‘The Curfew Tower Recordings’ documents Sophie Cooper’s week-long stay at the titular artist’s residency in Northern Ireland (owned by Bill Drummond, dontcha know), edited into two lively audio collages. Beatific trombone drones drift into chunks of everyday banter. Astringent vocal and brass improvisations transform into field recordings evoking a mythical coastal idyll. While the informal, personal nature of these pieces gives them the feel of an audio diary or fly-on-the-wall documentary, Cooper’s sympathetic edits snip out the longeurs characteristic of untrammelled self-documentation. These cuts are almost as important as the content here in offering different perspectives on Cooper’s time in the tower, and although the transitions often signal drastic changes of mood or style, the jumps are rarely jarring.
Side A’s initial drone workout, for example, could easily have been stretched out to a whole side of immersion by an artist of less inquisitive bent. A thin Shruti box whine is thickened by the warm trombone tones cozying up to it, their slow phase forming a cloudy crepuscular shimmer. It’s great stuff, with wordless moans and strange ethereal rattles adding to the meditative cast.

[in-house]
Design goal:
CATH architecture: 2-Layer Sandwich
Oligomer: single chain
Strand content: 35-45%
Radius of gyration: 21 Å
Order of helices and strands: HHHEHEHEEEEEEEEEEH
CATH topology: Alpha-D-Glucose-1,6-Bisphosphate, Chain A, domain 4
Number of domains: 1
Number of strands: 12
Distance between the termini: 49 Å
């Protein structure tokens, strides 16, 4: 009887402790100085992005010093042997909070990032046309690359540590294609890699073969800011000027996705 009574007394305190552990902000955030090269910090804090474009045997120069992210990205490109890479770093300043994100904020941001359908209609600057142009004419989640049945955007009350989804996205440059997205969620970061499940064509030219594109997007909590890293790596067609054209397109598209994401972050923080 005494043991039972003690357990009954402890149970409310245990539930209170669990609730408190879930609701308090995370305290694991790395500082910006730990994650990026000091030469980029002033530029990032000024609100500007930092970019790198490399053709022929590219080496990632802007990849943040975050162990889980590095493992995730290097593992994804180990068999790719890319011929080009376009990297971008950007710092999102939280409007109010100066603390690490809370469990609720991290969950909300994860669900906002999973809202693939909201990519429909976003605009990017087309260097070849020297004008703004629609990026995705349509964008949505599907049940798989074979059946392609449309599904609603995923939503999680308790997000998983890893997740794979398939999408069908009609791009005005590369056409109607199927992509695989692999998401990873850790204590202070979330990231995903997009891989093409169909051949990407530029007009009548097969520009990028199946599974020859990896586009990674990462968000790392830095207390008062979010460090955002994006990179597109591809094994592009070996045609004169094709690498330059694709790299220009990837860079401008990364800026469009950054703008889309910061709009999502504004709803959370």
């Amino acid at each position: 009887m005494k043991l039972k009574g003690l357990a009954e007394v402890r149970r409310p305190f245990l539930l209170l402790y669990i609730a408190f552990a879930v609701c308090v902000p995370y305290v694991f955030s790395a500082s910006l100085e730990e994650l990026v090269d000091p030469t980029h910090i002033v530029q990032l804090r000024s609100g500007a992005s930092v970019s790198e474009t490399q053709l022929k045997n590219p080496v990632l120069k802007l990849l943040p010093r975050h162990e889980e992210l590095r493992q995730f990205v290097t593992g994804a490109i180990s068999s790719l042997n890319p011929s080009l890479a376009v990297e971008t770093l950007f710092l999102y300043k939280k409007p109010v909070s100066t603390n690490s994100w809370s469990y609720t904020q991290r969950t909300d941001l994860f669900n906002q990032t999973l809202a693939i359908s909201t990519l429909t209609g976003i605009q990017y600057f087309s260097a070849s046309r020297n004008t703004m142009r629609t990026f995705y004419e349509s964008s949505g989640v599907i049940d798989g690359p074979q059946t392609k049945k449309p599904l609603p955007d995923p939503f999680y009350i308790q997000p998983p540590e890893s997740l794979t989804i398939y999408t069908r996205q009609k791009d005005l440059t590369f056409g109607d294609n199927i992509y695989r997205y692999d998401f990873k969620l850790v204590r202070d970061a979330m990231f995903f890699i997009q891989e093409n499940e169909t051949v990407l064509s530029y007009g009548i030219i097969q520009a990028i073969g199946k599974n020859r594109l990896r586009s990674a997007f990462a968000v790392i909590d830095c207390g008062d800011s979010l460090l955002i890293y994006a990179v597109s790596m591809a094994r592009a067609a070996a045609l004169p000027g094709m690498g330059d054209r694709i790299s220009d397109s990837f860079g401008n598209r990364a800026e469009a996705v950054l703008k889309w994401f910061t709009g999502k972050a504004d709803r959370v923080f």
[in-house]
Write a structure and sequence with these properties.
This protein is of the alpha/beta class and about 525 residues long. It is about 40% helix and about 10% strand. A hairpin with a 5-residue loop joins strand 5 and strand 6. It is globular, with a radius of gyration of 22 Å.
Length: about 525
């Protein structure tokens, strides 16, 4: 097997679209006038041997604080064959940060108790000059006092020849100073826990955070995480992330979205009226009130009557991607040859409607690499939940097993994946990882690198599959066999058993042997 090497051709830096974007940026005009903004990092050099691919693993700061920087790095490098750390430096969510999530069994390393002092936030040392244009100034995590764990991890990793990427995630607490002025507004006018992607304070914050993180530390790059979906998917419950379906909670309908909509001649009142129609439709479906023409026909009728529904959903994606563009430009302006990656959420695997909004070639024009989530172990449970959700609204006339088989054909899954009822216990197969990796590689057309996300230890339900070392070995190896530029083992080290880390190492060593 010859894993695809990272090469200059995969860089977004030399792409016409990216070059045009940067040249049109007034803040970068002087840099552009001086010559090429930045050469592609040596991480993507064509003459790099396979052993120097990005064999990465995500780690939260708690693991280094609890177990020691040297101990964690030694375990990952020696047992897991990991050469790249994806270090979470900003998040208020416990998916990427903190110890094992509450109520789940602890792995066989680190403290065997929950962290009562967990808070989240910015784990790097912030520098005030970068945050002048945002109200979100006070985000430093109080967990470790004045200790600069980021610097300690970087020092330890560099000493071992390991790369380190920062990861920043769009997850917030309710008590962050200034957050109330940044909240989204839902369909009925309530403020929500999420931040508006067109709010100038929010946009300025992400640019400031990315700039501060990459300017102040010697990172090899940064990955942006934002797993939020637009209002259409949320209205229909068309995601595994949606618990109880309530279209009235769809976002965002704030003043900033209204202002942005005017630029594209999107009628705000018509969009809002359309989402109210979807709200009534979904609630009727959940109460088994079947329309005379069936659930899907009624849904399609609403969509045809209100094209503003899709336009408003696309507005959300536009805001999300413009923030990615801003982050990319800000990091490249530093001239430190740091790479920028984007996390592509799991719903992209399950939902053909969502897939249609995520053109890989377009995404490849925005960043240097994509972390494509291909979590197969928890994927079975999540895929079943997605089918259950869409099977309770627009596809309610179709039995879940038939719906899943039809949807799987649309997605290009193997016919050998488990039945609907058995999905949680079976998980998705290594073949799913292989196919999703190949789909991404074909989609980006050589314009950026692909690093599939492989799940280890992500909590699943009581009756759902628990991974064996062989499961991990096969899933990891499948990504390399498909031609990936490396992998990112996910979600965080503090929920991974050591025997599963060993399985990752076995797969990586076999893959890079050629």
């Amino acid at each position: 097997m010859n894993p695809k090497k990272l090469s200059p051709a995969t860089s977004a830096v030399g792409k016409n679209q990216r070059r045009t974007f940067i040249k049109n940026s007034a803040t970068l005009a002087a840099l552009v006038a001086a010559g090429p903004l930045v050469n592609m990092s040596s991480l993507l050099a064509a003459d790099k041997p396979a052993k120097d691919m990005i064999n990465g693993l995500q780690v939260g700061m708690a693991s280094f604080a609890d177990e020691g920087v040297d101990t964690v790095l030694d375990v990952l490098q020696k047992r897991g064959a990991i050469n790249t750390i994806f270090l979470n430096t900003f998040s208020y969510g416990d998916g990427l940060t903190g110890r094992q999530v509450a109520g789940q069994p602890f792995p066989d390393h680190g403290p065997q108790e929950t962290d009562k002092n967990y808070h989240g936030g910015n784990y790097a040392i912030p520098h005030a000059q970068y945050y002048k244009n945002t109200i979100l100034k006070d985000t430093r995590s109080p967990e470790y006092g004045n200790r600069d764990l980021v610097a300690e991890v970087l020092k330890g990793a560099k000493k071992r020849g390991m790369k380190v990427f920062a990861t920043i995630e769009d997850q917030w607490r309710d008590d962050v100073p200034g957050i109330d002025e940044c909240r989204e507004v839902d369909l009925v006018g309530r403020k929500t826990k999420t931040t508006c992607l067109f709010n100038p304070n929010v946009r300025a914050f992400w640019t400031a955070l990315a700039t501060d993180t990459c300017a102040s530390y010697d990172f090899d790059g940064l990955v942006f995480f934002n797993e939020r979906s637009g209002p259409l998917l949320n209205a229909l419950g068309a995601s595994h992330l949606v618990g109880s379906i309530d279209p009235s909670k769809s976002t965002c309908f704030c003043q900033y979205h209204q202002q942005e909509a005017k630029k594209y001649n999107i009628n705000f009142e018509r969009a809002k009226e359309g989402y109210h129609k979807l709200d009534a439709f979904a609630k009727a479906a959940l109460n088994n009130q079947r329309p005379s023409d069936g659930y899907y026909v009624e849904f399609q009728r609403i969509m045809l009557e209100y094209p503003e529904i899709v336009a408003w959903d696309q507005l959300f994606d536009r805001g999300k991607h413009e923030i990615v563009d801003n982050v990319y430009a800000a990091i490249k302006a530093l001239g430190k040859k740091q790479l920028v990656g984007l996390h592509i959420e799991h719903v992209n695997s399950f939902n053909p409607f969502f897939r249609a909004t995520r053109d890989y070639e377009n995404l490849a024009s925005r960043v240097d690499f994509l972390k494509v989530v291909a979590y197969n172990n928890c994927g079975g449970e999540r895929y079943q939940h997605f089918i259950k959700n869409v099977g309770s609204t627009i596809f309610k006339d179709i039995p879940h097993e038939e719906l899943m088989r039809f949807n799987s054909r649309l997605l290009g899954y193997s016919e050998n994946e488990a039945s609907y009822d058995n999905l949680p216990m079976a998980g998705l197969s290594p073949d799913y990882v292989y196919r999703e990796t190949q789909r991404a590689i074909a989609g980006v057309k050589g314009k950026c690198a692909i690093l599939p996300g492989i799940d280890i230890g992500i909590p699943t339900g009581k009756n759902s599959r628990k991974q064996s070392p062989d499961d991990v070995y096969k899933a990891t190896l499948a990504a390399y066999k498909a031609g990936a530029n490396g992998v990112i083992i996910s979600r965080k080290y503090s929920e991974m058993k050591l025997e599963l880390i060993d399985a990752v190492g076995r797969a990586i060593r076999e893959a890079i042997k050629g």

But before one can say ‘durational Dream House jam’, we’re thrust back into the world, thanks to an excerpt from Cooper’s (in)famous Dial-A-Bone sessions, in which callers are invited to request a personalised trombone piece. It’s like being woken from a particularly refreshing afternoon nap by a friend bearing a lovely cuppa – it should be annoying, but you can’t help appreciating it. There’s another telephonic intervention about two-thirds of the way through (several occur on side B, too), with Cooper’s indefatigable cheeriness reminiscent of a tourist information guide who really really loves their job. Although in this case, the job in question is delivering free-form oopmh to all and sundry.
Dial-A-Bone may be funny, but it holds within it the formative virtues of free improvisation – that ceaseless quest to find new things to say with an instrument, to play the same object differently every time. It’s both a set of narrow parameters to challenge Cooper’s technical and melodic invention and a challenge to twist the often very personal act of improvisation into a social process.
‘The Curfew Tower Recordings’ is, perhaps, best seen as progressing across several axes simultaneously – the interior worlds conjured up by Cooper’s low-end chorales contrast with the human activity of her Antrim request line; the naturalistic reveries of the field recordings opening side B are mirrored by the fuzzy machine scrapes, looped parps and muttered fragments later on. The personal is set against the social; human interaction against solitary meditation; the natural rubs up against the technological. That this structure seems to arise organically, through the process of assemblage, rather than being imposed from the top-down, only adds to the charm. ‘The Curfew Tower Recordings’ may be fun, and deliberately ragged in places. But synthesis, not compilation, is the name of the game.